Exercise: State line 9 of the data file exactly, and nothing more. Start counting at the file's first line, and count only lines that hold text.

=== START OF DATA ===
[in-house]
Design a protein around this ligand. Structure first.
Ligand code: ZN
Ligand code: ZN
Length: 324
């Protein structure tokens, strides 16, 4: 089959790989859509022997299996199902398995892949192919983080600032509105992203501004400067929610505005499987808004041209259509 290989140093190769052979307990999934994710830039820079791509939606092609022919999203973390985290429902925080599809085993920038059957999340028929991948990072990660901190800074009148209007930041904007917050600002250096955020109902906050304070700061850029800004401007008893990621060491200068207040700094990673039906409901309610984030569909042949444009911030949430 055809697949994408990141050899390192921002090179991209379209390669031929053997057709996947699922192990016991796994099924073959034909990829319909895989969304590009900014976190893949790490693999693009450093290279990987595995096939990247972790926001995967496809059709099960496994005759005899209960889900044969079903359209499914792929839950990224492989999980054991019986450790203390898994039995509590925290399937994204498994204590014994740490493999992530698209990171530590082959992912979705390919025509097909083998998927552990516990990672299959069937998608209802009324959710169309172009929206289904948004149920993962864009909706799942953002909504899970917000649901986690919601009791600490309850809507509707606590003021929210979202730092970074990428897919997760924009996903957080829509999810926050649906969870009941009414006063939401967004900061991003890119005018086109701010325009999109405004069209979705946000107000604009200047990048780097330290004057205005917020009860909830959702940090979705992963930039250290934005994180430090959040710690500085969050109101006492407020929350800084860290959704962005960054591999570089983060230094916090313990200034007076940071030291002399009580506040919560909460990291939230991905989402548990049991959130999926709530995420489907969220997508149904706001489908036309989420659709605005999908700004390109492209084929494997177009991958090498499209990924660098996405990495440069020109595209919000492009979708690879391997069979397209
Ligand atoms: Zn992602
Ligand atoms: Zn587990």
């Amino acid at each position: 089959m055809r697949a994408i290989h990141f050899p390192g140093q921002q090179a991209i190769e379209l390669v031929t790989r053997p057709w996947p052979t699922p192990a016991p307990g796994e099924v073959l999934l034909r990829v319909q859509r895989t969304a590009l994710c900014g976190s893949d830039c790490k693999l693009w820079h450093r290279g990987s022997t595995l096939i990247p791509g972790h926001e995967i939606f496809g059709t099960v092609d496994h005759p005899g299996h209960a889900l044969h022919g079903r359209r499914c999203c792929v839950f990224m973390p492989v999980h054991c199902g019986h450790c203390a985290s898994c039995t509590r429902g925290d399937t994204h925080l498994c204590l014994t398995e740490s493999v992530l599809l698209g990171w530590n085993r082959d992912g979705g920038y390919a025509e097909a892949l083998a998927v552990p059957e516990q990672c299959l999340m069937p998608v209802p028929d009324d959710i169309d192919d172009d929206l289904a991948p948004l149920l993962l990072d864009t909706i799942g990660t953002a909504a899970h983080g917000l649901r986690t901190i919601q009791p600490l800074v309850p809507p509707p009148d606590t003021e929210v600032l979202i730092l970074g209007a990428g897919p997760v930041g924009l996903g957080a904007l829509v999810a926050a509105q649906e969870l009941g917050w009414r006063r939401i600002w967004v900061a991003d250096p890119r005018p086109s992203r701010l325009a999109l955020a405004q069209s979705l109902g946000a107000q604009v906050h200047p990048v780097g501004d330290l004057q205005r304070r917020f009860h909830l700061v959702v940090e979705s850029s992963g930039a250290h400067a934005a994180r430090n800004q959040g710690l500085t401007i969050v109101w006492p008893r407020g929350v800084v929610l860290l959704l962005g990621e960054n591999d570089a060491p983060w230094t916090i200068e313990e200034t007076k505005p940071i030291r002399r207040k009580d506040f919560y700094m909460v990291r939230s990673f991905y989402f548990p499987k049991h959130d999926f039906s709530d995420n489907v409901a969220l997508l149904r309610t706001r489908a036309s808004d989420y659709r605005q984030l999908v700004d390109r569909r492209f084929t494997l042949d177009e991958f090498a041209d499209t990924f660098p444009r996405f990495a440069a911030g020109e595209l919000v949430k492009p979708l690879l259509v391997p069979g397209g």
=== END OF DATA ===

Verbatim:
């Amino acid at each position: 089959m055809r697949a994408i290989h990141f050899p390192g140093q921002q090179a991209i190769e379209l390669v031929t790989r053997p057709w996947p052979t699922p192990a016991p307990g796994e099924v073959l999934l034909r990829v319909q859509r895989t969304a590009l994710c900014g976190s893949d830039c790490k693999l693009w820079h450093r290279g990987s022997t595995l096939i990247p791509g972790h926001e995967i939606f496809g059709t099960v092609d496994h005759p005899g299996h209960a889900l044969h022919g079903r359209r499914c999203c792929v839950f990224m973390p492989v999980h054991c199902g019986h450790c203390a985290s898994c039995t509590r429902g925290d399937t994204h925080l498994c204590l014994t398995e740490s493999v992530l599809l698209g990171w530590n085993r082959d992912g979705g920038y390919a025509e097909a892949l083998a998927v552990p059957e516990q990672c299959l999340m069937p998608v209802p028929d009324d959710i169309d192919d172009d929206l289904a991948p948004l149920l993962l990072d864009t909706i799942g990660t953002a909504a899970h983080g917000l649901r986690t901190i919601q009791p600490l800074v309850p809507p509707p009148d606590t003021e929210v600032l979202i730092l970074g209007a990428g897919p997760v930041g924009l996903g957080a904007l829509v999810a926050a509105q649906e969870l009941g917050w009414r006063r939401i600002w967004v900061a991003d250096p890119r005018p086109s992203r701010l325009a999109l955020a405004q069209s979705l109902g946000a107000q604009v906050h200047p990048v780097g501004d330290l004057q205005r304070r917020f009860h909830l700061v959702v940090e979705s850029s992963g930039a250290h400067a934005a994180r430090n800004q959040g710690l500085t401007i969050v109101w006492p008893r407020g929350v800084v929610l860290l959704l962005g990621e960054n591999d570089a060491p983060w230094t916090i200068e313990e200034t007076k505005p940071i030291r002399r207040k009580d506040f919560y700094m909460v990291r939230s990673f991905y989402f548990p499987k049991h959130d999926f039906s709530d995420n489907v409901a969220l997508l149904r309610t706001r489908a036309s808004d989420y659709r605005q984030l999908v700004d390109r569909r492209f084929t494997l042949d177009e991958f090498a041209d499209t990924f660098p444009r996405f990495a440069a911030g020109e595209l919000v949430k492009p979708l690879l259509v391997p069979g397209g």